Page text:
“Yooper” Added To Webster’s Dictionary: Q&A With The “Yooper” Advocate

It’s been a twelve year fight through red-tape and linguistic naysayers for Gladstone resident Steve Parks, but—at long last—he’s reached light at the end of the tunnel/Seney Stretch: “Yooper” is now recognized as a word by the Merriam-Webster Dictionary.  What began with a challenge in Scrabble—Park’s play of YOOPER was nixed when he couldn’t find the word in the dictionary—is now a cause for celebration on the north side of the Mighty Mac.  MyNorth’s Evan Perry chatted with Parks, who’s the prosecuting attorney in the Upper Peninsula’s Delta County, to get into the head of this indefatigable public servant.

Got a suggestion for a Northern Michigan-made word that should be in the dictionary?  Wanna show some love for all the fudgies out there?  Submit a comment at the bottom of the page!

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As a person from the Lower Peninsula, I wonder why there’s no such thing as a ‘Looper’?  I think I might be a bit jealous.

Well, there is a term—but it’s kind of derogatory—for what Yoopers call people that live below the bridge.  Maybe you’ve heard it…

Troll.

Yeah, that’s it.

Do you know if ‘Yooper’ was ever used as a derogatory term?

I don’t think anybody at this time believes it’s derogatory, but just the other day I spoke with an older gentleman who was close to 80 years old, and he told me that he knew a man—who has long since passed on—who believed that the word was very derogatory and he hated the word.  So there may have been a time when people thought it was a demeaning word, but I think that it’s been embraced over time.  I don’t see it as a word that has any negative connotation at all.

What does it mean to be a Yooper, and why do you think it’s now a term of endearment?

The term basically means to be born in the U.P. or to be a resident here, but beyond that, it means to have a certain resilience, and hardiness, and a sense of community when you live in a place like this, which is so isolated.  To me, those terms are synonymous with the word; we have to be self-reliant and independent to live up here.

There are maps out there that don’t have the U.P. in them; in some sense we seem to be forgotten.  Ultimately, we do have a different identity, a different way of life, and a different history and culture up here, and having that identity means a lot to people.  It’s amazing to see some of the blogs online, where people that were raised up here who are now across the United States are so happy about this because, if you’re born up here, it’s in your DNA.  And if you’re not from up here—and I’ve tried to explain this to many people—there’s this feeling up here of the land and the people.  When you cross that bridge, in some sense you’re home.  Every time I cross that bridge, I feel like I’m back on hallowed ground, even though I live two hours from the bridge.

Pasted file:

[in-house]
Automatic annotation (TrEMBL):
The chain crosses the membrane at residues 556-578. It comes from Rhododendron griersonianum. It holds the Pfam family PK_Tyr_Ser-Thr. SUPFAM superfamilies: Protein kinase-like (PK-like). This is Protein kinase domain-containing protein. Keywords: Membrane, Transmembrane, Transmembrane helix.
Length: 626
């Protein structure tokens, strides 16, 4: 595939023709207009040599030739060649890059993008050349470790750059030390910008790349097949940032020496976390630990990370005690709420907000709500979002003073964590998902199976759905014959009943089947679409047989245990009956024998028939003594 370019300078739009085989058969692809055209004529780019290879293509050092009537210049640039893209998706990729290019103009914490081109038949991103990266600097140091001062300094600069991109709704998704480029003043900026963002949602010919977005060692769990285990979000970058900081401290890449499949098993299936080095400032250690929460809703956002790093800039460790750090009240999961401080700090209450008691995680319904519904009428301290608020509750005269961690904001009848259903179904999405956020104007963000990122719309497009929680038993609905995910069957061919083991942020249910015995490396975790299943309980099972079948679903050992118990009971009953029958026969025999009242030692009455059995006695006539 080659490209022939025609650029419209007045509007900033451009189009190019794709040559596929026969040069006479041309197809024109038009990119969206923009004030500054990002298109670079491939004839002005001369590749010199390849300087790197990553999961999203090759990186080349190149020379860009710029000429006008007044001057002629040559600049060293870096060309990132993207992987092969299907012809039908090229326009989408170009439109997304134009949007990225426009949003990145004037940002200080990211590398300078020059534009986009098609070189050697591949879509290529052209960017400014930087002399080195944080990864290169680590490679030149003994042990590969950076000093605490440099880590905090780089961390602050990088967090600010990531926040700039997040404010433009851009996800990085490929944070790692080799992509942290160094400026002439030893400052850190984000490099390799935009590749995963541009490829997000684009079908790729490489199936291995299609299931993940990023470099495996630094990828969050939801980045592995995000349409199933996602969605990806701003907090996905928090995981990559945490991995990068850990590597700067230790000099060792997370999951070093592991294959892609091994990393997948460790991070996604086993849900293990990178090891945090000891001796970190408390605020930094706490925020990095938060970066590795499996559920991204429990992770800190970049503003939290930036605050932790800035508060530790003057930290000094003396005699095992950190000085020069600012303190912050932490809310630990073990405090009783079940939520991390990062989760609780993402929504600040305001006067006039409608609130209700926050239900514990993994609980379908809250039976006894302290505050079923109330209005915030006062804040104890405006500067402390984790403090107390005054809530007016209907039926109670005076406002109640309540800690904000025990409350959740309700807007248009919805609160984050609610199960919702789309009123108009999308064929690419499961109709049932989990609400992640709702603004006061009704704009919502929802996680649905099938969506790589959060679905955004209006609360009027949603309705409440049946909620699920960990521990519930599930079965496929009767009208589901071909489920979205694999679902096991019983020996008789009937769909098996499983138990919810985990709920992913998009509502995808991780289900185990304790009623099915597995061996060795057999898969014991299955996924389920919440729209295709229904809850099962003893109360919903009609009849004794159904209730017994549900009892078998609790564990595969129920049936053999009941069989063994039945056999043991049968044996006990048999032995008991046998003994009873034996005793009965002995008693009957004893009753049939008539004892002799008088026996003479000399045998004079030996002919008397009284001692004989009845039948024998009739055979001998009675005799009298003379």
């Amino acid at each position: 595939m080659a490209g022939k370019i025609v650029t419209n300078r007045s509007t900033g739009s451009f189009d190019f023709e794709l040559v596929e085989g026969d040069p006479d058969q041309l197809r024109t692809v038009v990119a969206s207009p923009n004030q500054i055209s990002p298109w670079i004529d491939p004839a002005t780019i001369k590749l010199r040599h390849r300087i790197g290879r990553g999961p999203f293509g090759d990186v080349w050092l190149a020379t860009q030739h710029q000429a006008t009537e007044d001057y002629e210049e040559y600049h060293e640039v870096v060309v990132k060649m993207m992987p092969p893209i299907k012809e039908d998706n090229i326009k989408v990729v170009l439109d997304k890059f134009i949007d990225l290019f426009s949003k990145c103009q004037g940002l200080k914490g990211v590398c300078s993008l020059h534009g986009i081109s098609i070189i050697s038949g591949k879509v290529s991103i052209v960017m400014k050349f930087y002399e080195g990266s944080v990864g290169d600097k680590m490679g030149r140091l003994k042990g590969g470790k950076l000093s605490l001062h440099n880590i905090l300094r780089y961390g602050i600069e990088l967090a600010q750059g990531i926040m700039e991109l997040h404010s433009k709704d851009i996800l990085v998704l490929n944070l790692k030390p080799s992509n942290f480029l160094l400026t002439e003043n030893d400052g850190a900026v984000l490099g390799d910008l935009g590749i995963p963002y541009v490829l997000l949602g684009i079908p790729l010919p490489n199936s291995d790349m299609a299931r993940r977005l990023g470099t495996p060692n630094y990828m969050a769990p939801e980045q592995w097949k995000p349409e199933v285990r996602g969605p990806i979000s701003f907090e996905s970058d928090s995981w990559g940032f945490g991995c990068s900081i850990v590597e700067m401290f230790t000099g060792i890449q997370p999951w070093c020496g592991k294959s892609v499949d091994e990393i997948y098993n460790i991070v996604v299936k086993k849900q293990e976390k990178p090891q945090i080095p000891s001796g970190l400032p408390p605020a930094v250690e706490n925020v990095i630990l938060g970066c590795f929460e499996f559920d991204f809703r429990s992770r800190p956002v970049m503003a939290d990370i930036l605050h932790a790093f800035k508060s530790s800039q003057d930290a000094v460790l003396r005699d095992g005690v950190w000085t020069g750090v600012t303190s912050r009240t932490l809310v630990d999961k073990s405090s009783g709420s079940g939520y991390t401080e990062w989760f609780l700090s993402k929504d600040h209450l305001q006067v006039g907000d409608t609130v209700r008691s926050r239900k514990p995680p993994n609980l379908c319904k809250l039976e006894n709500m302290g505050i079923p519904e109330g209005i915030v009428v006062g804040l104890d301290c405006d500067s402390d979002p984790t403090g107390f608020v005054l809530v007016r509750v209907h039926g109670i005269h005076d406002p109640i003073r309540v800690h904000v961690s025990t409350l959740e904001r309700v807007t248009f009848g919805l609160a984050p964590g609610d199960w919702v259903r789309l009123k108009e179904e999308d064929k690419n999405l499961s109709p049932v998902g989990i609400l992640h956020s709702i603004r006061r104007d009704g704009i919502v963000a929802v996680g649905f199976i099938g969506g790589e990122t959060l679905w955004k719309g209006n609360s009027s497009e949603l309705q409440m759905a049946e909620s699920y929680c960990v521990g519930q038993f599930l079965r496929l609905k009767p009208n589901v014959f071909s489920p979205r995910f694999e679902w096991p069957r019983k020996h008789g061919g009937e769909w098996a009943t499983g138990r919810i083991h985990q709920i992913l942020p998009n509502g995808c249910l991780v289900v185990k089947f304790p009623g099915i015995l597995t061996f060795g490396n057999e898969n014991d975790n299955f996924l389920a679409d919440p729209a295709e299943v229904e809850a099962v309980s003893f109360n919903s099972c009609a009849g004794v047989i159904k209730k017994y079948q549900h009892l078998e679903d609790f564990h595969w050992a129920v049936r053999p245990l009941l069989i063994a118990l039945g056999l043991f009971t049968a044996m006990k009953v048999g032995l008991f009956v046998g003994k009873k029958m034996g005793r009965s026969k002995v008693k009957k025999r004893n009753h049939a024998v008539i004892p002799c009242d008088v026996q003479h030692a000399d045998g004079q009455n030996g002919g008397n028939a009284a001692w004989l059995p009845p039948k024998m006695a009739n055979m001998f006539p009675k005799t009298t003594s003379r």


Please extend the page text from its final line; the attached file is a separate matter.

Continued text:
Can you give an example or relate a story that demonstrates that difference in mentalities?

I was actually in Traverse City a few weekends ago for a high school robotics competition with my son, and there were about 45 teams from all over the state, with a handful from the U.P.  Now, some of the teams from the Detroit area are sponsored by some big names—GM, Ford.  From our perspective, those teams have unlimited resources, and they have more technical assets, like advisers who are licensed engineers by trade.

Now I’ve coached my kids in all kinds of sports throughout the years, but I’ve never felt the jubilation when the Escanaba, Gladstone and Cedarville team won that district tournament.  And part of the gratification for that comes from knowing that, at Gladstone, we don’t have any advisers who are licensed engineers, but we do have people who are bright and resourceful.  The competition really had sort of a David and Goliath air to it.

So that gets us back to having resiliency and a self-starting mentality, and also looking out for each other.  That event really exemplified what it meant to be a Yooper for me.

Note: The cartoon above is provided by Dick Guindon, an American cartoonist best known for his gag panel, Guindon. Guindon’s cartoons have appeared in the Minneapolis Tribune, The Realist and the Detroit Free Press. Traverse Magazine profiled Guindon in the February 2005 issue, saying “He has been called an angry man, a bon vivant, an irreverent wit, an irrepressible cynic, a guy who’s a little too preoccupied with carp.” Dick now calls Suttons Bay home.

We know there are plenty of words unique to Northern Michigan: fudgie, troll, pastie and, ehem…conelicker.  Post a comment below to get the conversation started about your favorite Up North idiom!

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An Episode of NPR’s “A Way With Words” Featuring ‘Fudgie’

 

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